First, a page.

Danse Macabre Paul DUKAS (1865-1935) The Sorcerer’s Apprentice (1897) [10.42] Antonín DVOŘÁK (1841-1904) The Noonday Witch, Op. 108 (1896) [14.55] Modest MUSSORGSKY (1839-1881) A Night on the Bare Mountain (1867, re-orchestrated Rimsky-Korsakov 1886) [11.51] Mily BALAKIREV (1837-1910) Tamara (1867/82) [22.05] Camille SAINT-SAËNS (1835-1921) Danse Macabre, Op. 40 (1874) [7.23] Charles IVES (1874-1954) Hallowe’en for sextet from Three Outdoor Scenes (1898/1911) [2.31]
Andrew Wan (violin: Danse Macabre)
Orchestre symphonique de Montréal/Kent Nagano
rec. live 29-30 October 2015, Maison symphonique de Montréal, Canada DECCA 4830396 [69.26]
Named Danse macabre this album was recorded during a series of three concerts titled Kent Nagano celebrates Halloween played by the Orchestre symphonique de Montréal at the Maison symphonique. For Halloween celebrations the programme was designed to include works “evoking mystery, suspense and thrills and chills” with the audience of young and old invited to attend the concerts in Halloween costumes.
The opening work on the disc Dukas’s The Sorcerer’s Apprentice was completed in 1897. Here Dukas is depicting the 1797 poem ‘Der Zauberlehrling’ by Goethe featuring the pranks of the calamitous apprentice. Renown came when Walt Disney’s film Fantasia (1940) used the Dukas score in the soundtrack. Under Nagano this appealing work really fizzes along with some lovely wind playing especially the bassoon solo first heard at point 2.18.
Written in 1896 Dvořák’s tone poem The Noonday Witch is inspired by the Erben poem ‘Polednice’ which is based on Slavic folk legend. In the tale the Noonday Witch appears in response to a mother’s threat to her misbehaving child. The Noonday Witch is one of five tone poems which Dvořák wrote around this time, works that deserve to be better known. Here the performance of the Montréal orchestra is first rate creating plenty of drama and atmosphere.
Mussorgsky’s A Night on the Bare Mountain, completed in 1867, is a depiction based on the Russian folk legend of the Witches Sabbath which occurs on St John’s Eve. The work received acclaim when Rimsky-Korsakov re-orchestrated the score after Mussorgsky’s death. Thrilling is the one word to describe this performance, which is highly evocative of the eerie nocturnal atmosphere as the witches and evil spirits gather.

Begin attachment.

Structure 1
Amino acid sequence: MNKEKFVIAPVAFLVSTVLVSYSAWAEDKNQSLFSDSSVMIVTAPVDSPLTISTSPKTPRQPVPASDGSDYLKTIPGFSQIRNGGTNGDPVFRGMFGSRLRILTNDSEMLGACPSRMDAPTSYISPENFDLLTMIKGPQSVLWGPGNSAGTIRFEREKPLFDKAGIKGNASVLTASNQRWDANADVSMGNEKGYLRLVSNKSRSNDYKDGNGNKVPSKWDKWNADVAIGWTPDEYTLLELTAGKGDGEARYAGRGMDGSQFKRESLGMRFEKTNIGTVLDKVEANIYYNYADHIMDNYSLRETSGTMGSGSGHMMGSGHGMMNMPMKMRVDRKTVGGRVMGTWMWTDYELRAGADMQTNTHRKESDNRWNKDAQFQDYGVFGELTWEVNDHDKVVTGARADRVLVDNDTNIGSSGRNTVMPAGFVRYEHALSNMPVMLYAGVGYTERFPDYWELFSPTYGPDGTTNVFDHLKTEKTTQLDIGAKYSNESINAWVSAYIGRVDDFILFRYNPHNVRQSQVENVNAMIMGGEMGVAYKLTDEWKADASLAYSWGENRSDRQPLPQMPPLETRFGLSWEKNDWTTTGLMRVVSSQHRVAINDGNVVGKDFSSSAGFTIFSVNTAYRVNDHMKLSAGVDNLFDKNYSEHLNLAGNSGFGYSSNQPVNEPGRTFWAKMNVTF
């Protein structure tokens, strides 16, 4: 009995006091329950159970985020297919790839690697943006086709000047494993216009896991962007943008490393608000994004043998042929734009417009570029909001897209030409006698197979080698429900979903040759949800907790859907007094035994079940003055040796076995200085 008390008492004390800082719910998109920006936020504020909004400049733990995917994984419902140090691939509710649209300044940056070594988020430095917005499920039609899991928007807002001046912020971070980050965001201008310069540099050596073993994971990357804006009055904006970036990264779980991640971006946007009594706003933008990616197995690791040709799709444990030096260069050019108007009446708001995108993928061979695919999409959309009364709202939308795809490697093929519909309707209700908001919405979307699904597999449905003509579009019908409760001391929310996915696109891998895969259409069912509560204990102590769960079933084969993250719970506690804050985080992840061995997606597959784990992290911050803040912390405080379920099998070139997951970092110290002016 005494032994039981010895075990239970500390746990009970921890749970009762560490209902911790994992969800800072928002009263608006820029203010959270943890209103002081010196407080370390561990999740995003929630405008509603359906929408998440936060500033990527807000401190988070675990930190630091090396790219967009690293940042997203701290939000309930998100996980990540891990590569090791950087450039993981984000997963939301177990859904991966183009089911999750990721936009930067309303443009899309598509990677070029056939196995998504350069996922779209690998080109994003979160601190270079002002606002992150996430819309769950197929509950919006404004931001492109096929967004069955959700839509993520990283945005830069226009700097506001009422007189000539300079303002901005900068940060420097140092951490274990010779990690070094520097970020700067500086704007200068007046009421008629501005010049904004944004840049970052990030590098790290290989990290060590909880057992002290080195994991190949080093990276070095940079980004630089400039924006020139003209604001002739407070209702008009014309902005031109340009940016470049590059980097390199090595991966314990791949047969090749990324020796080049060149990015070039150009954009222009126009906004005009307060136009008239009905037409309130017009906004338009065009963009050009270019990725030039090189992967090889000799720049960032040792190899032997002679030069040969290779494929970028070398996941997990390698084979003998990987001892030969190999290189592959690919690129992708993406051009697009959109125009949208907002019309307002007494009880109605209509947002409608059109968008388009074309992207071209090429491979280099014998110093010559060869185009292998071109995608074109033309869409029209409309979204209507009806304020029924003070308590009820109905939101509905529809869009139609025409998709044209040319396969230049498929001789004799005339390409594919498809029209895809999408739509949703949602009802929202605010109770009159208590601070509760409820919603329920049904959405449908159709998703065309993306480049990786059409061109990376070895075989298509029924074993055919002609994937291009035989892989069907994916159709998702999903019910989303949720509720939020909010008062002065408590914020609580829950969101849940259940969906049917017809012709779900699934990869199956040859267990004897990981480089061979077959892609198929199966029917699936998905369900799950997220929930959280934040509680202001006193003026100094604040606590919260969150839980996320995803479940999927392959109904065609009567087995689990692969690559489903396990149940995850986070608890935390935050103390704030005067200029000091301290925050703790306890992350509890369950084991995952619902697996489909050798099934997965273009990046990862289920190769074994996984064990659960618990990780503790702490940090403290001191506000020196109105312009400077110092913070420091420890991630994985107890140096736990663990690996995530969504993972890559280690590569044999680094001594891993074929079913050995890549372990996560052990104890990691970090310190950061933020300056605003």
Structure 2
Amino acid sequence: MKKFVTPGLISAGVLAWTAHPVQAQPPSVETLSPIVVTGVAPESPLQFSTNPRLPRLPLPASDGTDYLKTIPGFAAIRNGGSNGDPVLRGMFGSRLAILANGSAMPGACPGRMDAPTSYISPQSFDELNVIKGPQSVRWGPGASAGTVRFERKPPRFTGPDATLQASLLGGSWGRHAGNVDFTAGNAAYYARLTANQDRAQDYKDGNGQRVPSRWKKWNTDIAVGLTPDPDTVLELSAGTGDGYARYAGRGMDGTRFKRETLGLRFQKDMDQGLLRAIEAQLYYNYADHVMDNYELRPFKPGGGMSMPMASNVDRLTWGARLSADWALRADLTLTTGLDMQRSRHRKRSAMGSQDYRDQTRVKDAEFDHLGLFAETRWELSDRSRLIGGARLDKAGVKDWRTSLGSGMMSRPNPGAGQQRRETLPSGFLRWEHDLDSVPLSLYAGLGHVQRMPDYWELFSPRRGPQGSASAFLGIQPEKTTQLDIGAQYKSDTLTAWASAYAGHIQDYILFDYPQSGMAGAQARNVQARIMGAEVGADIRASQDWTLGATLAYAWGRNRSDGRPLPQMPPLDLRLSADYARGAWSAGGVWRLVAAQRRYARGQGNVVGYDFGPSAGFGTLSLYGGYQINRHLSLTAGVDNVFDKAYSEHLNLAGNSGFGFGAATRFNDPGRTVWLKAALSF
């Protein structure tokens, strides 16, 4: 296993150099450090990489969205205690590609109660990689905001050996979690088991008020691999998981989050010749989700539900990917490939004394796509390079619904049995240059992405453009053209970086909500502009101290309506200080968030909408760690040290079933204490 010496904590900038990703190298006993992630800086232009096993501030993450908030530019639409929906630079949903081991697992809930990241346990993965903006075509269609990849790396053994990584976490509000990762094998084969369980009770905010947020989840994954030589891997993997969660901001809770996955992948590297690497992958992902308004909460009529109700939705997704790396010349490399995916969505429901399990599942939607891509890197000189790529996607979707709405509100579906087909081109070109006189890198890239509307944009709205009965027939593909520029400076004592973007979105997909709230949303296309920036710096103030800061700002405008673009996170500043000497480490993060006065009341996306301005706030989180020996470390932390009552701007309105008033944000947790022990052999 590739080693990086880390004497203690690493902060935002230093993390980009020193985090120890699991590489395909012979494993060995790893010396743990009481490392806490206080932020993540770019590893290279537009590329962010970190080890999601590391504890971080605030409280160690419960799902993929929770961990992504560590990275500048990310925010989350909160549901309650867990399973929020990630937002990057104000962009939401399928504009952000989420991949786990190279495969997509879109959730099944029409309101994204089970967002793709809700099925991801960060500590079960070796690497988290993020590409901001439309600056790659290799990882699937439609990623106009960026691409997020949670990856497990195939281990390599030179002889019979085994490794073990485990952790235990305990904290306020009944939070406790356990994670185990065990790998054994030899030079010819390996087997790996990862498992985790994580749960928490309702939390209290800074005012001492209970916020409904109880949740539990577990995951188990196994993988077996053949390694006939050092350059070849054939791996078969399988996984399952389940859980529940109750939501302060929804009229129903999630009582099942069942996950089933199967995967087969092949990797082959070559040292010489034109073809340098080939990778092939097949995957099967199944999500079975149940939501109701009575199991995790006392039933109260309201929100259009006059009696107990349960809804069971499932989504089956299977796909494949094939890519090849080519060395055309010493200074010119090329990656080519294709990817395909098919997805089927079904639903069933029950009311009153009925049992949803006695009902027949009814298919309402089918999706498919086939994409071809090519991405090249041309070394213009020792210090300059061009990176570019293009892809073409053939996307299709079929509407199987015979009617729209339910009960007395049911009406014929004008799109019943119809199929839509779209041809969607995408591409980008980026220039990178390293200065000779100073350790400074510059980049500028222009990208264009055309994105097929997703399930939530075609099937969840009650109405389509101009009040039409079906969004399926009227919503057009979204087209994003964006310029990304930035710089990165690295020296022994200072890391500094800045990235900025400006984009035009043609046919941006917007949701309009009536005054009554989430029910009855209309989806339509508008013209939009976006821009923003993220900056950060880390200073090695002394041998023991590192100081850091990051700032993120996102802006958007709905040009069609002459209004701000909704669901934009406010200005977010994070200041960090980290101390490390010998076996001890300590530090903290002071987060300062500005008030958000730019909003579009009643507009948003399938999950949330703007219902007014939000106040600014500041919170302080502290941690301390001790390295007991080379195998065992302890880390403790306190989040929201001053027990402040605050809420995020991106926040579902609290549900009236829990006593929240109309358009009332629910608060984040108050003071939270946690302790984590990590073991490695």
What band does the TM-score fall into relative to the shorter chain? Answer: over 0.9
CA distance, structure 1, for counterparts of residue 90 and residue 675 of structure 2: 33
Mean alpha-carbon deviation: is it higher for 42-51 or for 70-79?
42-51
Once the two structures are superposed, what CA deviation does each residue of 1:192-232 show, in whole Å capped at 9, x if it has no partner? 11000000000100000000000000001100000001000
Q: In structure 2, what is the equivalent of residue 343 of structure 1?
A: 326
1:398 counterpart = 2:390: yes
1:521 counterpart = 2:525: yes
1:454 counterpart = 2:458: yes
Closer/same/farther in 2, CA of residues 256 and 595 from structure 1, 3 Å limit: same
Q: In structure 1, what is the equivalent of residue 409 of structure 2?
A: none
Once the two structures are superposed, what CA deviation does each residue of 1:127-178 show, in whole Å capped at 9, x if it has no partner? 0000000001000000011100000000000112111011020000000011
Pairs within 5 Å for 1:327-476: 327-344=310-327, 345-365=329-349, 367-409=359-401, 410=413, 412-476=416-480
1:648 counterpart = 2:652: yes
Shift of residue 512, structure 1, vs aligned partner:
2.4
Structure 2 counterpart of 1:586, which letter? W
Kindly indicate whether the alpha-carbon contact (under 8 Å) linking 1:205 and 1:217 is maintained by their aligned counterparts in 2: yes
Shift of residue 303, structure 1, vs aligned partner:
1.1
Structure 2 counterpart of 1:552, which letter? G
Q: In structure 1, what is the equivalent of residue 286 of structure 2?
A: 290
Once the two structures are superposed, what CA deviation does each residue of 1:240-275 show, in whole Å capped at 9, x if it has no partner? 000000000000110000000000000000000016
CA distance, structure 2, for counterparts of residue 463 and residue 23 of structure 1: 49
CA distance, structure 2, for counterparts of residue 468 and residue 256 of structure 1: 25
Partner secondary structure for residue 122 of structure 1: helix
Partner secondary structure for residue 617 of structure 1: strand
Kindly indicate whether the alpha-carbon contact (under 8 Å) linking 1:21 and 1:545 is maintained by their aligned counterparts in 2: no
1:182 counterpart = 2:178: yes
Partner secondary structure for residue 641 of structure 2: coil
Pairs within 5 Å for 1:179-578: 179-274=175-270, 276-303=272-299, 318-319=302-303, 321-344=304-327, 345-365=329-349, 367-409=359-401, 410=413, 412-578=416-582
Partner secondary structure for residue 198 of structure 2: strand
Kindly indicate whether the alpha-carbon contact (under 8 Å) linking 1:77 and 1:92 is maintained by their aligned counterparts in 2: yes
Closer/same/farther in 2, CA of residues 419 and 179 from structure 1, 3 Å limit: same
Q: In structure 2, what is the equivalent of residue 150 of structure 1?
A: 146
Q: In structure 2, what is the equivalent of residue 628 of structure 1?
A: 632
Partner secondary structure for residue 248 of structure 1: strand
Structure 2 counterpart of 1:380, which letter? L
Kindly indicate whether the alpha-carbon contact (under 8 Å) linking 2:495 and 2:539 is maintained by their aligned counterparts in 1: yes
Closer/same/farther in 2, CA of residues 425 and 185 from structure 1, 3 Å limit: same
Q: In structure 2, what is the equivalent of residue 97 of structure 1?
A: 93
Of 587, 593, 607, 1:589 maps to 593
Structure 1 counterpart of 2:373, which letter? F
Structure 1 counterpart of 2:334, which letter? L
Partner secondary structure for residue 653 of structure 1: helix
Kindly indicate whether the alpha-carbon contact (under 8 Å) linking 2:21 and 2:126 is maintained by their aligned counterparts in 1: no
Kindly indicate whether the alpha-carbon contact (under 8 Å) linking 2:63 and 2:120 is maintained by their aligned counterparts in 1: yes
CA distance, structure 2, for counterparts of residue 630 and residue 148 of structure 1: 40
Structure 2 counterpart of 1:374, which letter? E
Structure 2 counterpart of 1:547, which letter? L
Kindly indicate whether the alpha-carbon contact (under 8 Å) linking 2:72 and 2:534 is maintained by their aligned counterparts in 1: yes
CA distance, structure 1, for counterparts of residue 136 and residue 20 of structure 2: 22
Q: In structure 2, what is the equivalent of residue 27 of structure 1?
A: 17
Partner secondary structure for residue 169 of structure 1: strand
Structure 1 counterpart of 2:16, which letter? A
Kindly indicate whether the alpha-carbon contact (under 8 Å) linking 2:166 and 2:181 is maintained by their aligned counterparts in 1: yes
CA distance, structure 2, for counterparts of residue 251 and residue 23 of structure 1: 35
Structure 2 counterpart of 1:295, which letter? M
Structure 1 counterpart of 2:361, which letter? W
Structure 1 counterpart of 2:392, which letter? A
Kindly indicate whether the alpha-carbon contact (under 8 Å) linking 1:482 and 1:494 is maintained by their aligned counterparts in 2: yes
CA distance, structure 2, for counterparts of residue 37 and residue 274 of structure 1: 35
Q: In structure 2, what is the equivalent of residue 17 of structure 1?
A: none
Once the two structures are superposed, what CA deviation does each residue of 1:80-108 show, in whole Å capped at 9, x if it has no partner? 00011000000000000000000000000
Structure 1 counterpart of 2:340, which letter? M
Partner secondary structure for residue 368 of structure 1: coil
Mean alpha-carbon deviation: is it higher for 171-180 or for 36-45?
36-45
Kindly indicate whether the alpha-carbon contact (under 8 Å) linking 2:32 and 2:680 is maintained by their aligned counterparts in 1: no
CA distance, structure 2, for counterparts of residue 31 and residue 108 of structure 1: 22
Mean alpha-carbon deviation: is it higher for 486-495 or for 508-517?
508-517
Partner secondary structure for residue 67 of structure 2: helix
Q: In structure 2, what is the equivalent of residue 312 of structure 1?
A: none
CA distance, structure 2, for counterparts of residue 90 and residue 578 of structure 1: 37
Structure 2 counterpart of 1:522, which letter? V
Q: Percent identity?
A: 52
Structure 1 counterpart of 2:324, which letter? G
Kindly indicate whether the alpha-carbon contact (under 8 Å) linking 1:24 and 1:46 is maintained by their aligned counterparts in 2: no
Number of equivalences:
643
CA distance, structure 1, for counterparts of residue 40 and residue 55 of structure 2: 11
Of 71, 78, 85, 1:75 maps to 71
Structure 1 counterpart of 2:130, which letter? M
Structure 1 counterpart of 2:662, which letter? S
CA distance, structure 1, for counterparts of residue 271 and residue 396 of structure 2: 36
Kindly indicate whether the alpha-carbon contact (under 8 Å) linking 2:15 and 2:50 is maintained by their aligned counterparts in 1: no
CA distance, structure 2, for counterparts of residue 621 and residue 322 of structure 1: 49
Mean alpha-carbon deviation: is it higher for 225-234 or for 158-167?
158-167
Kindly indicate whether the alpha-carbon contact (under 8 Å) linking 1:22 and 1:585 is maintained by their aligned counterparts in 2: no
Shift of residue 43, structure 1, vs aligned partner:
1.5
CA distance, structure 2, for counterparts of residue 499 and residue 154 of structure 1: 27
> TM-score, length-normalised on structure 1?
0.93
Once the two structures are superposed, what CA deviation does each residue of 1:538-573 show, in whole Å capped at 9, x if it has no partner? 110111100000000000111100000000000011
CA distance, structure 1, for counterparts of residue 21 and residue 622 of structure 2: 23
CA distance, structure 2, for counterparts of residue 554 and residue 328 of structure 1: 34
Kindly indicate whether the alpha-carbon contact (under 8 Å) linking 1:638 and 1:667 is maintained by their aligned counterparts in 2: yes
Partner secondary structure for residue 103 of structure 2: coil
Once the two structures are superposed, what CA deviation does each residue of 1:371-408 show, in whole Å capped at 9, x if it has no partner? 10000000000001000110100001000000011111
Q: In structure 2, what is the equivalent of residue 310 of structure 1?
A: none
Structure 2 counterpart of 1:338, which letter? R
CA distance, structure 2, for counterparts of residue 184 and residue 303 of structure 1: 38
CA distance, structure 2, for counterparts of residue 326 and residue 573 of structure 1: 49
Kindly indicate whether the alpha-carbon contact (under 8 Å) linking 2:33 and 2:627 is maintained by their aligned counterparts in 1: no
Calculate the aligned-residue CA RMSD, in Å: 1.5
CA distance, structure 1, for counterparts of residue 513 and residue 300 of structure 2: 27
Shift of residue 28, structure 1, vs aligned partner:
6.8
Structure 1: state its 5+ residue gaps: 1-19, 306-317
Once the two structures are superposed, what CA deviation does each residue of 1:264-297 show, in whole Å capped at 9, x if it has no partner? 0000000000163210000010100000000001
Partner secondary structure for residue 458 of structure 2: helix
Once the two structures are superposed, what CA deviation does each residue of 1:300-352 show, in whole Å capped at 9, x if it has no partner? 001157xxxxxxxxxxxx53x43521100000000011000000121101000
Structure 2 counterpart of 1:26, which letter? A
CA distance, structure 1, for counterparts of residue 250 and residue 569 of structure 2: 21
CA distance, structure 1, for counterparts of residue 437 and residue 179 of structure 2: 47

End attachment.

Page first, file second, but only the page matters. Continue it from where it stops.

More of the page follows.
The lengthiest work here, at 22 minutes, is the symphonic poem Tamara by Balakirev, fifteen years in the making and completed in 1882. Balakirev was inspired by the folk legend of the Caucasus region based on the Lermontov poem featuring the beautiful but evil Queen Tamara enticing men to her castle. Nagano directs a fine interpretation which contains definite traits of orientalism and the near stifling atmosphere of seduction with an undercurrent of peril is conspicuous.
Probably the best known work here is Saint-Saëns’ Danse Macabre from 1874, the tone poem based on the text of the art house poem by Henri Cazalis. The composer originally scored the work for voice and piano before replacing the voice by the violin and adding the orchestra. This is a real audience favourite, which I don’t seem to hear in concert so much in recent decades. Nagano and his players create a fitting sense of the grotesque including skeletons rising from their graves for wild and ghoulish dancing. Worthy of note are the outstanding violin solos.
The final work ‘Hallowe’en’ is one of the Three Outdoor Scenes which Ives composed over the period 1898/1911. A work I was hearing for the first time, it is performed here in a version for string quartet, piano and percussion that was first given in 1934. It’s a short work lasting under three minutes which I found rather disappointing and in truth it doesn’t amount to much.
Under Nagano’s baton the Orchestre symphonique de Montréal play stylishly with plenty of zest. There is a real sense of warmth and exhilaration with an abundance of vivid orchestral colour, and some quite wonderful wind solos. Recorded live at the Maison symphonique de Montréal the sound quality is to a high standard with good clarity and balance. There is some very minor audience noise which serves to provide atmosphere of the live performance and I notice that the applause has been left in at the conclusion of the Ives Hallowe’en. There is so much to enjoy here on this Decca release Danse macabre and the performances could hardly be bettered.
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